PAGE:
The Centers for Disease Control has identified a “cancer cluster” in Fallon, Nevada. In the last five years, at least 16 children there have been diagnosed with the deadly disease. “Today’s” Ann Curry recently journeyed to the town outside Reno for a first-hand look.
“I DIDN’T WANNA DIE. And I was about to die.”
8-year-old Anastacia Warnecke was scared when she first found out she had leukemia.
“I thought I’ve never had cancer before, but why do I have it now?”
Her father Matt couldn’t answer that question. He remembers how helpless he felt when she underwent chemotherapy.
“We prepared her for when she was gonna lose her hair. We told her, when she started losing her hair, that we’d cut it so it wouldn’t make a mess on the pillow, so she wouldn’t get depressed. I came home from school one day and she came up to me and told me, ‘Daddy, it’s time to cut my hair.’ I told her, okay, you go wash it and then we’ll see. She came back into the living room and told me, ‘that’s okay, daddy. We don’t need to cut it. I’ll just pull it out.’ And she sat down next to me and she pulled every strand of hair out of her head.”
Anastacia and her father aren’t alone. It turns out Anastasia is just one of at least 16 children diagnosed with cancer in five years, in a rural county in Nevada, where statistically, there should be just one case. The Centers for Disease Control has identified it as a cancer cluster. So far, three children have died.
Floyd Sands’ daughter Stephanie is one of them. Diagnosed at age 19, she died two years later, leaving a baby son behind.
“She didn’t complain. She just fought... and fought. She never asked why me. She just asked why. So she never quit so we’re not going to quit,” says Floyd.
Their pain, now turned to anger. These parents are demanding answers.
“We want every rock overturned. We want things looked at. I can’t look at my son here and say I didn’t try because I have big worries that my son here, six months old, is another child that’s going to come down with it. I’m scared,” says Jeff Braccini.
Jeff’s wife Debbie is more blunt: “How many trees do you have to bark up to get them to know how many sick kids you have?”
Victim Michelle Cohee agrees with the parents taking action: “I just want to find the answer. I just want to know what caused this and hopefully no more kids will get it. Chemotherapy is not fun. Yes, I did lose my hair and I did get it on my eighteenth birthday, found out I had cancer.”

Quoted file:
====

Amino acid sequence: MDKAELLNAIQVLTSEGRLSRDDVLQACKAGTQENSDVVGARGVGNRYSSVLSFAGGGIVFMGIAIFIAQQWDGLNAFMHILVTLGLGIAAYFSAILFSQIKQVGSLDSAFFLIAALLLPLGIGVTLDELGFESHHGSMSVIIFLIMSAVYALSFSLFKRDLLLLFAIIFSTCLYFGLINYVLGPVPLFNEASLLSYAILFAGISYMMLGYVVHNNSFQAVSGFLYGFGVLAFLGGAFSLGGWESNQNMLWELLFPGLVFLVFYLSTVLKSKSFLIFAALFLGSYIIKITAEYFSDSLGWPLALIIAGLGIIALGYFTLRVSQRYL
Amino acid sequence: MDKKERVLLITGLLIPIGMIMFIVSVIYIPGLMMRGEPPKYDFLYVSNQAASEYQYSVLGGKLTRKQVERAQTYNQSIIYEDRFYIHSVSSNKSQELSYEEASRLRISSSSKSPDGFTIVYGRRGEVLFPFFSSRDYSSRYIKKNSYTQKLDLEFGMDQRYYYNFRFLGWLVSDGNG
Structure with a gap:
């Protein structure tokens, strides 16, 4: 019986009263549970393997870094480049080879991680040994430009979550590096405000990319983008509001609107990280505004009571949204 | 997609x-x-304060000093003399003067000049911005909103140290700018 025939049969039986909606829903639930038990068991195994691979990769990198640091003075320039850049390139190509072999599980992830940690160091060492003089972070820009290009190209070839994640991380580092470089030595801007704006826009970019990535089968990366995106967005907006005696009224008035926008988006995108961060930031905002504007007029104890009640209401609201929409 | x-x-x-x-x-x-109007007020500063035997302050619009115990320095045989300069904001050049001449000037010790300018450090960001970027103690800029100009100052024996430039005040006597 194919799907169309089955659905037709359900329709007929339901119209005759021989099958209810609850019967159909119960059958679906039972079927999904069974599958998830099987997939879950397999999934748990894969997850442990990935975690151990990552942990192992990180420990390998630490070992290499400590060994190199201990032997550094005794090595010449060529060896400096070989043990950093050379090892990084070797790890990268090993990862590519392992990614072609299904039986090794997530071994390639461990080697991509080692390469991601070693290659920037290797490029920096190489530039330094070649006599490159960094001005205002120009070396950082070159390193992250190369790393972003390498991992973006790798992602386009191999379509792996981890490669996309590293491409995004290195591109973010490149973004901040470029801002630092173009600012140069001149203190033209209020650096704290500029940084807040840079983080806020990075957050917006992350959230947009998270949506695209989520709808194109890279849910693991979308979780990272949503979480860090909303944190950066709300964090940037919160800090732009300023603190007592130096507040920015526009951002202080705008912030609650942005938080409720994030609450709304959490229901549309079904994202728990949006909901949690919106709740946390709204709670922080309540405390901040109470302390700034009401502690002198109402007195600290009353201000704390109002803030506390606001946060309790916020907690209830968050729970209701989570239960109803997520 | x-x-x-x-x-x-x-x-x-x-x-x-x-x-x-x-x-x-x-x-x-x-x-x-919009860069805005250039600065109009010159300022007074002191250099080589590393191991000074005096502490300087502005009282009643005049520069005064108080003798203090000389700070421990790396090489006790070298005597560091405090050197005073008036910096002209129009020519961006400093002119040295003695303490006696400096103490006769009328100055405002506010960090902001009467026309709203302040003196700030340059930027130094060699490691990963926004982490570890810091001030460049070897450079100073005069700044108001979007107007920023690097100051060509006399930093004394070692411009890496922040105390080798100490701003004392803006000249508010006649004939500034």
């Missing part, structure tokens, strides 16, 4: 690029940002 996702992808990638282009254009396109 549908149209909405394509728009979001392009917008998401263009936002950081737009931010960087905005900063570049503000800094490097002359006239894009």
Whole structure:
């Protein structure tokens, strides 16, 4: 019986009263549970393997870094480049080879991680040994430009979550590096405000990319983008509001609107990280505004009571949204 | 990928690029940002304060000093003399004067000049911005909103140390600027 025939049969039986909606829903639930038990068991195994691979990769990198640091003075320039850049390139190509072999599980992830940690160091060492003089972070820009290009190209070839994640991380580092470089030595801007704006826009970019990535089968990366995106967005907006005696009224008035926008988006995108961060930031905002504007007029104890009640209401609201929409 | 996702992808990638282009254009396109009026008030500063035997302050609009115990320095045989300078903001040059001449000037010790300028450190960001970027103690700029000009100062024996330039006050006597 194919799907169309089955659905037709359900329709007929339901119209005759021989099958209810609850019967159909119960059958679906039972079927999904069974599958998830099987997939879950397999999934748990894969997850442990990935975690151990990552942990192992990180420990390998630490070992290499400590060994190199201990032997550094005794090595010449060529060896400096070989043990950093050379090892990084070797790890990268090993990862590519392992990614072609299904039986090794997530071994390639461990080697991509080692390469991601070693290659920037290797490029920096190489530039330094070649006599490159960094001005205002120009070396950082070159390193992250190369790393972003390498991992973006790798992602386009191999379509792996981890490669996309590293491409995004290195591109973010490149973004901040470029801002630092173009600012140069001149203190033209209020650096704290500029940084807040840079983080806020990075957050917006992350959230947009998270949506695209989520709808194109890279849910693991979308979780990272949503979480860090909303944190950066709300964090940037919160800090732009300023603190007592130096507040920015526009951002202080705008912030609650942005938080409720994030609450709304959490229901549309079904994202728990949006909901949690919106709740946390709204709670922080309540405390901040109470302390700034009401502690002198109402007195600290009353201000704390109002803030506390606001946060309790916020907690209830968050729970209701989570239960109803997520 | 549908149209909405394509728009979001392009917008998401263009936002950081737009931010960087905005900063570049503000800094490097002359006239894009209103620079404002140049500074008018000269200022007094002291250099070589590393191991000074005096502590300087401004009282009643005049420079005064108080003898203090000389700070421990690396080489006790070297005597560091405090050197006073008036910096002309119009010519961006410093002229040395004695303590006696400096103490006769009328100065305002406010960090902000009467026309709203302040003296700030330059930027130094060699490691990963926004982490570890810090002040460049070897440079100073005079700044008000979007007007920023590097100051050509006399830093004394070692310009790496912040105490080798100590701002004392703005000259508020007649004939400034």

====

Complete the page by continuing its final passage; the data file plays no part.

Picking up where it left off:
Says Matt Warnecke: “I’m beyond angry. It’s been over two years since my daughter’s been diagnosed. We’ve learned to live with it. We can accept their answers after we know they’ve done their tests and investigations to get those answers.”
The state of Nevada says it has looked at a number of potential environmental causes: naturally occurring arsenic in the water supply, jet fuel from a nearby military base, pesticides used in local farming.
But Randall Todd, the state epidemiologist, says he’s found no conclusive evidence any are to blame.
“We have done what science has to offer on this. Whether we’re going to be able to find out definitely from one cluster investigation and one community, the odds of that are not good,” says Randall. “I can’t apply science that I don’t have. I would challenge anybody to find me an example of a cluster that has been investigated with more urgency.”
But these parents disagree. Desperate, they are now going door to door using their own money to finance a survey that, against all odds, they hope will find some clue to stop the cancer that is killing their kids.
To learn more about the Fallon “cancer cluster” you can visit their Web site at:
Families In Search of Truth (FIST):
www.falloncancercrisis.org and www.cancercrisis.org.
Their mailing address is:
Families In Search of Truth (FIST)
P. O. Box 5245
Fallon, Nevada 89407